Federal judge asked to reinstate state’s controversial 48-hour rule
As Minnesota struggles to address a mental health crisis in jails across the state, a federal judge is now considering whether to reinstate a law that required the state to quickly move people into treatment after they are found mentally incompetent.
A class action lawsuit is challenging the legislature’s decision to relax the state’s ‘48-Hour Rule.”
It required the Minnesota Department of Human Services to move people out of jails and into state mental health facilities no more than two days after a judge committed them to treatment for mental illness.
In May, lawmakers put the ‘48-Hour Rule’ on hold after 5 INVESTIGATES revealed the state was accused of repeatedly violating the law by leaving people locked up for weeks or even months.
Now lawyers on behalf of Kyle Jerome Dalen and others are challenging the legislature’s decision to relax the rules for DHS.
“The Amendment is unconstitutionally vague… and violates Mr. Dalen and the class members’ due process rights,” attorneys wrote in their motion for a preliminary injunction.
U.S. District Judge Eric Tostrud heard oral arguments on the motion in St. Paul on Monday.
Lawyers for DHS insist the state does not have enough mental health beds to meet the increasing demand.
Admissions to the agency’s Direct Care and Treatment have risen from 113 in 2014 to nearly 400 last year, according to court records.
“Admitting more patients than can be safely served… puts existing patients and new patients, as well as staff, at significant risk,” attorneys wrote in opposition to the motion for an injunction.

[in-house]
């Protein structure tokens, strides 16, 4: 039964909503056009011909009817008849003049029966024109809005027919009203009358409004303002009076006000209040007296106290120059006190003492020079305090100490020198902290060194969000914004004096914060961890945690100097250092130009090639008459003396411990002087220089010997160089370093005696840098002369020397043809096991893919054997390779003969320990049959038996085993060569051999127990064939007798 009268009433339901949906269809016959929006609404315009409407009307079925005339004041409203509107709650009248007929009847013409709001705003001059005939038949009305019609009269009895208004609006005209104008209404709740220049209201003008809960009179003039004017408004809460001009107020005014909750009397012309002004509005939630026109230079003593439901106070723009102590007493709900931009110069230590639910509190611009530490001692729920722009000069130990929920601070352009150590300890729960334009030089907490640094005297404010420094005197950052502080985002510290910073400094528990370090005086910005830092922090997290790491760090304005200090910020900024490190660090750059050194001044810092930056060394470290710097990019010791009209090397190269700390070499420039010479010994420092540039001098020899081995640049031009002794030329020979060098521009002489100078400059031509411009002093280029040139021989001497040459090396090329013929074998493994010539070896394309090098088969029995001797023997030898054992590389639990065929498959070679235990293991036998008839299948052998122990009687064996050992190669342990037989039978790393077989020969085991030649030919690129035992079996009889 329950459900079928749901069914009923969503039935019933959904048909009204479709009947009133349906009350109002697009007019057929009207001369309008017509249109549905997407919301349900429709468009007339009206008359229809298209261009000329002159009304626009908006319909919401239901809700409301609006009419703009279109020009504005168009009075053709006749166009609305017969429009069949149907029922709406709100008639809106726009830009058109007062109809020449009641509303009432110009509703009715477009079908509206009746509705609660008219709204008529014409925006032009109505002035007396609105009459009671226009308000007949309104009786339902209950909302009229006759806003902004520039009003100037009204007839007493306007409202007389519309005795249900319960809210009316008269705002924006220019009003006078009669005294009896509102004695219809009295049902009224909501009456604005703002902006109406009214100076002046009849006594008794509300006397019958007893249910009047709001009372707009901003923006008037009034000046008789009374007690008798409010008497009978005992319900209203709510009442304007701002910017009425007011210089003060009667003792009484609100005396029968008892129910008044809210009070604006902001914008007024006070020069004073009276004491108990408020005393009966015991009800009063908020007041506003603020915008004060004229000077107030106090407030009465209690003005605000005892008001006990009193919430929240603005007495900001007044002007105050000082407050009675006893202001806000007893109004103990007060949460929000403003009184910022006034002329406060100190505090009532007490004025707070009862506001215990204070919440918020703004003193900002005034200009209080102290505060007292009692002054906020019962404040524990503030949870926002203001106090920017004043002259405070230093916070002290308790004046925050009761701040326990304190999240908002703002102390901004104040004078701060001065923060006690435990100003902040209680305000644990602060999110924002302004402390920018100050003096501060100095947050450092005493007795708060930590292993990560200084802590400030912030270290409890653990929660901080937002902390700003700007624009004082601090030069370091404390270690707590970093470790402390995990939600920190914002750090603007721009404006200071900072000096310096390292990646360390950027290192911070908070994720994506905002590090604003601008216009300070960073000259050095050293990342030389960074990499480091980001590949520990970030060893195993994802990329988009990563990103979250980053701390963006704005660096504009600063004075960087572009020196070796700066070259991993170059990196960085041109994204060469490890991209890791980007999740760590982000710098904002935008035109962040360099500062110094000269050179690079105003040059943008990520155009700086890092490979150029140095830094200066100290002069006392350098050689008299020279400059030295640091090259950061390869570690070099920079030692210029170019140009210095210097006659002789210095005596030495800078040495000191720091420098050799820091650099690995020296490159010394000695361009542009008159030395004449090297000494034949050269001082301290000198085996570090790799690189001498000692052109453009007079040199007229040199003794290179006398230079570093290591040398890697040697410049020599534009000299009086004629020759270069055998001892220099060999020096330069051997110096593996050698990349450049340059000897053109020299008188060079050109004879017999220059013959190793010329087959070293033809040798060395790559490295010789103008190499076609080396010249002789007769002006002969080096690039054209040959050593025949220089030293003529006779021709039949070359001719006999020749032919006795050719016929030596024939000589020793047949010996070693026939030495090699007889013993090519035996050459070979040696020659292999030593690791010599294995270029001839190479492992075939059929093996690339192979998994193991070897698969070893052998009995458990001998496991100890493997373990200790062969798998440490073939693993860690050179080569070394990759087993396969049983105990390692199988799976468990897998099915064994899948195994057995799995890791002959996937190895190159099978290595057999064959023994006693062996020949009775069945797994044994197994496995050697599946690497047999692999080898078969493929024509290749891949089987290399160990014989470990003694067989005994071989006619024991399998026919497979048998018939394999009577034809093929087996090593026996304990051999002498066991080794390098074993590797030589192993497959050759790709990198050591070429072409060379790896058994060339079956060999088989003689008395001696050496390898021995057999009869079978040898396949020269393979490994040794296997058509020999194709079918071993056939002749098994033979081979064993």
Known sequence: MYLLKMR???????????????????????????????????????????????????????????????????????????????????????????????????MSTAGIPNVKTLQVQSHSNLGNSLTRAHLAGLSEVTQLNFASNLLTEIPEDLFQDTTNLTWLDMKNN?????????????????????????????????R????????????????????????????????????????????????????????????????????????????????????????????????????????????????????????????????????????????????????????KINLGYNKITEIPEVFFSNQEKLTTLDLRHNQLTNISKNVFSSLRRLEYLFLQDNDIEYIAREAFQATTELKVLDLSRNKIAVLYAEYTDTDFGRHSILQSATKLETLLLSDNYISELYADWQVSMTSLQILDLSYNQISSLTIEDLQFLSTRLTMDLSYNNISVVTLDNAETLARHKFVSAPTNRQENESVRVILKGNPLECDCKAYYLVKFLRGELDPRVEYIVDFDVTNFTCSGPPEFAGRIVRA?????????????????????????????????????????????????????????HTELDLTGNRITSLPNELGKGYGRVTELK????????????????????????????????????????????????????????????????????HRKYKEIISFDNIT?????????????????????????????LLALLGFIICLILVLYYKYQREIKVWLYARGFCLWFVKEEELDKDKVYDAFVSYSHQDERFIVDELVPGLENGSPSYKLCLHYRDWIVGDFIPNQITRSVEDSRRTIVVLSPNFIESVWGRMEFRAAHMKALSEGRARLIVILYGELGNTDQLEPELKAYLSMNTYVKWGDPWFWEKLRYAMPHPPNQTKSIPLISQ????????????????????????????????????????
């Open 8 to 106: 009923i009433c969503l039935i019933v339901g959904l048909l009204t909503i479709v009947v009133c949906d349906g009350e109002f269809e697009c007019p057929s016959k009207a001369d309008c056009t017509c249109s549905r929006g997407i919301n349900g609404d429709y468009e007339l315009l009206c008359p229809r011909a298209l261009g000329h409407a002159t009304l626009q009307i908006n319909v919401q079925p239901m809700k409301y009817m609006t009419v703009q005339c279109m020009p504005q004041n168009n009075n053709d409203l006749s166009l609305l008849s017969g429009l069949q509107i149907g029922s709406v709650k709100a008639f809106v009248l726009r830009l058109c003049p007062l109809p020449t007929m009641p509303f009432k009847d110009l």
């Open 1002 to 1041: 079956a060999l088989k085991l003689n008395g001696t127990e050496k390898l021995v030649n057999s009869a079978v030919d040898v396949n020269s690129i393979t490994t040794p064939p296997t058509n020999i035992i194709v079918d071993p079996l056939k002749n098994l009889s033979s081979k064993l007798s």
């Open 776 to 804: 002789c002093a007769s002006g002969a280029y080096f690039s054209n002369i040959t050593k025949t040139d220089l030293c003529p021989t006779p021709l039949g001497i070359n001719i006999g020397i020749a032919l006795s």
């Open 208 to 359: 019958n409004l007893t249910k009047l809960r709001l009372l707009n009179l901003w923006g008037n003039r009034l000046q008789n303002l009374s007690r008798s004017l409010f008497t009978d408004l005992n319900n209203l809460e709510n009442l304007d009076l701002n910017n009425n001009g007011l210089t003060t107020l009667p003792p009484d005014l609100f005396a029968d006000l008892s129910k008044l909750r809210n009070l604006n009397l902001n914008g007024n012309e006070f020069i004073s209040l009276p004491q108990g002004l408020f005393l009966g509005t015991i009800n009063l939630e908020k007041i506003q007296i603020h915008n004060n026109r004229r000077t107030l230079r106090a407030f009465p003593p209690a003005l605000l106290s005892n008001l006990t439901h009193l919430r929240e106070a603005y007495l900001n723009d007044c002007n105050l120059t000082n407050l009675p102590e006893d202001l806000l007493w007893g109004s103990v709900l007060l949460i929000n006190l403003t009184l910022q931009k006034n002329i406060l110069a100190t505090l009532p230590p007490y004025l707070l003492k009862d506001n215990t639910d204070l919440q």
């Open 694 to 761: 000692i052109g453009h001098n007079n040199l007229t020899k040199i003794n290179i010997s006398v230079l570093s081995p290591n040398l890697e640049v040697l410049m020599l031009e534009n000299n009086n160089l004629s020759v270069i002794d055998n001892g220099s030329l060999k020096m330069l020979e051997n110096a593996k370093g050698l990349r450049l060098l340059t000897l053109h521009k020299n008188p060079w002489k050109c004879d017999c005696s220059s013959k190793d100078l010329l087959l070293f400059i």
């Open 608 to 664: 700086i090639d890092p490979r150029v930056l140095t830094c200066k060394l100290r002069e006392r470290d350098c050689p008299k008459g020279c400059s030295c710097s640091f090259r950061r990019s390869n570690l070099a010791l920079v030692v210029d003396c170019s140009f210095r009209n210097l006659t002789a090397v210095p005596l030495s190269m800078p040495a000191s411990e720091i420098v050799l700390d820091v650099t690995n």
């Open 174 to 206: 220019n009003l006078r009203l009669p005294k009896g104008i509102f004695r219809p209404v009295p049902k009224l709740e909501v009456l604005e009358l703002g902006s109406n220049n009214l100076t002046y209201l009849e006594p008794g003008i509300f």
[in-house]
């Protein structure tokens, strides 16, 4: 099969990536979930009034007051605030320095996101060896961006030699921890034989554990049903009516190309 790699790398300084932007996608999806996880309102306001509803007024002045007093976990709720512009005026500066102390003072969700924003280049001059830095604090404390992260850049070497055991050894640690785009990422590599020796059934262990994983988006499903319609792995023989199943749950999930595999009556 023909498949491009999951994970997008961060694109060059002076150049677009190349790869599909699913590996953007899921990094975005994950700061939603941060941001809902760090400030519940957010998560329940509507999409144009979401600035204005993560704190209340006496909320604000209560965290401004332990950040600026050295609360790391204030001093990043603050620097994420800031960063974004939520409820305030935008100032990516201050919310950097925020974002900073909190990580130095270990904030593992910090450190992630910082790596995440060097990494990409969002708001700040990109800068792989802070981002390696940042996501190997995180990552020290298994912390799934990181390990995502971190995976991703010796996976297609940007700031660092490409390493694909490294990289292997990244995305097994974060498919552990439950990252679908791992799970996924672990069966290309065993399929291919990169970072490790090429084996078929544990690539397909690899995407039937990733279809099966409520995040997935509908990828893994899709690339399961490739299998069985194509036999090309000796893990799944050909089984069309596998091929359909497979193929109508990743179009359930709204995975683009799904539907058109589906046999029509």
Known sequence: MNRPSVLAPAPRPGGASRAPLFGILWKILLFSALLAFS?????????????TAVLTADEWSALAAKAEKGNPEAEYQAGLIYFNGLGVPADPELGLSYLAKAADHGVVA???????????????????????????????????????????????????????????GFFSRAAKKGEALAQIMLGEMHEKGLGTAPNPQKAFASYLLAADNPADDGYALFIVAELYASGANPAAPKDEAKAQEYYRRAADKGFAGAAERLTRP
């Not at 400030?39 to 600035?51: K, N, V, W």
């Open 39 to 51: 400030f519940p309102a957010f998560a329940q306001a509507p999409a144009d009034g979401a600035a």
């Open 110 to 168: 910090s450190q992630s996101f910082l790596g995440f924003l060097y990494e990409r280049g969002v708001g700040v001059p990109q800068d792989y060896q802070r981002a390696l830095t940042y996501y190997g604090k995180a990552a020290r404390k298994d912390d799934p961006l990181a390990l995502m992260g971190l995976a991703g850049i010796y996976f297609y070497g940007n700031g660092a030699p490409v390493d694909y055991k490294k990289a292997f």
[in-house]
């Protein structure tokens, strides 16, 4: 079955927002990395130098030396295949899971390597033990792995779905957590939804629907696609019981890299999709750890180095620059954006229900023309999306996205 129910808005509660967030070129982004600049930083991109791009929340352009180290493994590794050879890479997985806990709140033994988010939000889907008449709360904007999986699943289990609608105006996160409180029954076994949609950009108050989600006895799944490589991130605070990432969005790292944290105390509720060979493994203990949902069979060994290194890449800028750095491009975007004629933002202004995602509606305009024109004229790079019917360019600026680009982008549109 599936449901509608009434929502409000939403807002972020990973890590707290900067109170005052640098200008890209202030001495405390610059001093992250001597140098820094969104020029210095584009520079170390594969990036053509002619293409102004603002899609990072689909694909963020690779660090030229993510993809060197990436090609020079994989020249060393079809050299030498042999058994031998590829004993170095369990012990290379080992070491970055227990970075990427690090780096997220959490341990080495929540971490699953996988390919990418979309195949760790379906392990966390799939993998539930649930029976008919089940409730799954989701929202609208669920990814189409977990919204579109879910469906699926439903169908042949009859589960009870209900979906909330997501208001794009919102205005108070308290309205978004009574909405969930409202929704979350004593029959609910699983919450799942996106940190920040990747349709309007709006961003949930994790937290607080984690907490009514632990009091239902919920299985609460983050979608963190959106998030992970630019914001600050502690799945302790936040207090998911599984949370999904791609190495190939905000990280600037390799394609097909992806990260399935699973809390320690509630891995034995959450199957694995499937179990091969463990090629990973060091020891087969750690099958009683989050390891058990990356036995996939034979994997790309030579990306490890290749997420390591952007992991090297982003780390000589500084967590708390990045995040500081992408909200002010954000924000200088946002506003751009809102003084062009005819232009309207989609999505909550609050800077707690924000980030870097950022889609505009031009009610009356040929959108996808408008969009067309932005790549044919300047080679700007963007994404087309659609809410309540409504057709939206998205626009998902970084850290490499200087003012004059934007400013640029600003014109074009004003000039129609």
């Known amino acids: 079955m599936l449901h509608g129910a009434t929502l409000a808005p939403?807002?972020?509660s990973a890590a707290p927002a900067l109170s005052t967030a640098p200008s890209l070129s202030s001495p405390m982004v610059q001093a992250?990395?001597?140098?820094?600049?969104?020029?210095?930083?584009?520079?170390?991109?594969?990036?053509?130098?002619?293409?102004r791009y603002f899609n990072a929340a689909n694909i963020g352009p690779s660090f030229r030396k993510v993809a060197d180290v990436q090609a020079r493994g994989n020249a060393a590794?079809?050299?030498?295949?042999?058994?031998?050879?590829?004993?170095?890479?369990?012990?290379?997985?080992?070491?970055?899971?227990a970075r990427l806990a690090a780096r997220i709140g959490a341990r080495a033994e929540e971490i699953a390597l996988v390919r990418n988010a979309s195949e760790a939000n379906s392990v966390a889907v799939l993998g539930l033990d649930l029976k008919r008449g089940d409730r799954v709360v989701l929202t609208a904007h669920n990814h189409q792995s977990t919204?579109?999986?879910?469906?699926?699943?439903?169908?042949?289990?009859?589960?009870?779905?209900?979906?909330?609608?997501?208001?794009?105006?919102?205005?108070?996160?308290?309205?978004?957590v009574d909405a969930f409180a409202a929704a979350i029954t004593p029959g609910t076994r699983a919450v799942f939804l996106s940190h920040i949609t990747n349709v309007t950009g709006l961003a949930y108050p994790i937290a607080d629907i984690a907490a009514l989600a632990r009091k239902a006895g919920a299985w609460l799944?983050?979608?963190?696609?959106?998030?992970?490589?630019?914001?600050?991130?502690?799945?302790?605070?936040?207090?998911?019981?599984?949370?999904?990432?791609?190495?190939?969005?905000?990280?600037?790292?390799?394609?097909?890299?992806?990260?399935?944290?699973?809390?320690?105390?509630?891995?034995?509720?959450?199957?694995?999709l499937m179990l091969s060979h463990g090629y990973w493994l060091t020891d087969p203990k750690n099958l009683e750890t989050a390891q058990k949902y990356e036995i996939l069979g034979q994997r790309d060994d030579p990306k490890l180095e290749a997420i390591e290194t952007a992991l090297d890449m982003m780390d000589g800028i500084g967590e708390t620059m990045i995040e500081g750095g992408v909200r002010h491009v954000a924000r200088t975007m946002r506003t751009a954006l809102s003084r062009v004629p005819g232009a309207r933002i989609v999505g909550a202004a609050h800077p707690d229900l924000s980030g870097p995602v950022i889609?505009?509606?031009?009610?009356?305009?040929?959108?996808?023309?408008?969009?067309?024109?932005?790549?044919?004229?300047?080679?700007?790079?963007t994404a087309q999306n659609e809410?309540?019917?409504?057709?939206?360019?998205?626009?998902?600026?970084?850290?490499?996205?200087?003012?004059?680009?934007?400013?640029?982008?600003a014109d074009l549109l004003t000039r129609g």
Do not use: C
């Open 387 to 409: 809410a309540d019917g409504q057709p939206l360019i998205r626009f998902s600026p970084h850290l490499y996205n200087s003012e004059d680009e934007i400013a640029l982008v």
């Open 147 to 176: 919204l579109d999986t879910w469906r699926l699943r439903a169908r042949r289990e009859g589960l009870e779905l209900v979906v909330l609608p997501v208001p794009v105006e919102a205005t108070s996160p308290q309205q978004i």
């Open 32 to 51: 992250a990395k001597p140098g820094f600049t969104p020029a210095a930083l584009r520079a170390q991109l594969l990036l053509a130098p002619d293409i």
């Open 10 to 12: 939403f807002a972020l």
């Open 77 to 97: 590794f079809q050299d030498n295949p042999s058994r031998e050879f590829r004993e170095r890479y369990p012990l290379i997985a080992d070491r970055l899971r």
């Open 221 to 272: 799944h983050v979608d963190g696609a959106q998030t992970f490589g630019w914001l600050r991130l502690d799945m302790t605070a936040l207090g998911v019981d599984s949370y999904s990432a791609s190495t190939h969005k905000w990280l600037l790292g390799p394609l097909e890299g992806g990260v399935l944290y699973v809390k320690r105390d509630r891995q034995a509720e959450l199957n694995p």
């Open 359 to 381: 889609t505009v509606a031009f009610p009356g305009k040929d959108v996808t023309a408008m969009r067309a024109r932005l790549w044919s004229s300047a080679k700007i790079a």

The latest legal fight has the attention of law enforcement and officials across the state including Washington County Attorney Kevin Magnuson.
“We’re all watching that case with interest because the issue is very pertinent,” Magnuson said. “It involves people’s constitutional rights and that shows the kind of Achilles heel of the approach of trying to lift the 48 Hour Rule.”
Magnuson is also part of a task force the legislature created to examine potential long term reforms to what is known as the state’s priority admissions policy.
“The problem they have is they just lack the capacity, so they still don’t have any place to put anybody,” Magnuson said. “They’ve got people waiting in hospitals, they’ve got people waiting in jails, they’ve got people that are in the community that shouldn’t be in the community that are waiting.”
At last check, DHS told 5 INVESTIGATES it had 53 people on its priority admissions waiting list.
Former DFL State Representative Debra Hilstrom, the chief author of the 48-Hour Rule in 2013, is now among those calling on the state to find a lasting solution.
“I think that it is time for the constitutional issues to be raised, but I think it is ultimately time for the legislature to fix the problem,” Hilstrom said. “Fundamentally, how we treat people when they’re at their lowest point in their life really says something about our government.”